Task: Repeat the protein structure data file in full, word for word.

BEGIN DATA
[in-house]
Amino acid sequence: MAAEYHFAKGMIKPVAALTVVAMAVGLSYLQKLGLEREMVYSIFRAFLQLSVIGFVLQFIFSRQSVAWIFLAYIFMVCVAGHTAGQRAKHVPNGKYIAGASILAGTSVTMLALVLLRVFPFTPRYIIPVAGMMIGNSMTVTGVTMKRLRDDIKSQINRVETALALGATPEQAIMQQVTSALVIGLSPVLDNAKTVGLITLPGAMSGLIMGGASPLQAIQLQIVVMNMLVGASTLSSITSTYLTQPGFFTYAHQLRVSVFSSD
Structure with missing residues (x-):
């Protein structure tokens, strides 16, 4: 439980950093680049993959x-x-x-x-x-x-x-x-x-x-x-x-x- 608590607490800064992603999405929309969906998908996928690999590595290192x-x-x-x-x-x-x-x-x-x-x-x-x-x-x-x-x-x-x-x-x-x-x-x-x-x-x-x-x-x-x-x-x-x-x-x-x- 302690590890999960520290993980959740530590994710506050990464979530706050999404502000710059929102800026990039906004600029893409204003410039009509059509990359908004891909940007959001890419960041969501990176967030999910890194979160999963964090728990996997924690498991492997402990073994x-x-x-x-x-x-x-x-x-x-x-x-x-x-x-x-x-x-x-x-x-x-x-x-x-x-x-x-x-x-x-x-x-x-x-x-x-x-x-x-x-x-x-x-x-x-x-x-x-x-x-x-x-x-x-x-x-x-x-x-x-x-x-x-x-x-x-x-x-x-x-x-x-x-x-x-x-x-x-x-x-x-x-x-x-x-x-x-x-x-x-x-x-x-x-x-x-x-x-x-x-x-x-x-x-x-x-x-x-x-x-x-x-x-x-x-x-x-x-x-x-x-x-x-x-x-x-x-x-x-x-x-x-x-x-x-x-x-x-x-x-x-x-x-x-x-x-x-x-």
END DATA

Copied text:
[in-house]
Amino acid sequence: MAAEYHFAKGMIKPVAALTVVAMAVGLSYLQKLGLEREMVYSIFRAFLQLSVIGFVLQFIFSRQSVAWIFLAYIFMVCVAGHTAGQRAKHVPNGKYIAGASILAGTSVTMLALVLLRVFPFTPRYIIPVAGMMIGNSMTVTGVTMKRLRDDIKSQINRVETALALGATPEQAIMQQVTSALVIGLSPVLDNAKTVGLITLPGAMSGLIMGGASPLQAIQLQIVVMNMLVGASTLSSITSTYLTQPGFFTYAHQLRVSVFSSD
Structure with missing residues (x-):
């Protein structure tokens, strides 16, 4: 439980950093680049993959x-x-x-x-x-x-x-x-x-x-x-x-x- 608590607490800064992603999405929309969906998908996928690999590595290192x-x-x-x-x-x-x-x-x-x-x-x-x-x-x-x-x-x-x-x-x-x-x-x-x-x-x-x-x-x-x-x-x-x-x-x-x- 302690590890999960520290993980959740530590994710506050990464979530706050999404502000710059929102800026990039906004600029893409204003410039009509059509990359908004891909940007959001890419960041969501990176967030999910890194979160999963964090728990996997924690498991492997402990073994x-x-x-x-x-x-x-x-x-x-x-x-x-x-x-x-x-x-x-x-x-x-x-x-x-x-x-x-x-x-x-x-x-x-x-x-x-x-x-x-x-x-x-x-x-x-x-x-x-x-x-x-x-x-x-x-x-x-x-x-x-x-x-x-x-x-x-x-x-x-x-x-x-x-x-x-x-x-x-x-x-x-x-x-x-x-x-x-x-x-x-x-x-x-x-x-x-x-x-x-x-x-x-x-x-x-x-x-x-x-x-x-x-x-x-x-x-x-x-x-x-x-x-x-x-x-x-x-x-x-x-x-x-x-x-x-x-x-x-x-x-x-x-x-x-x-x-x-x-």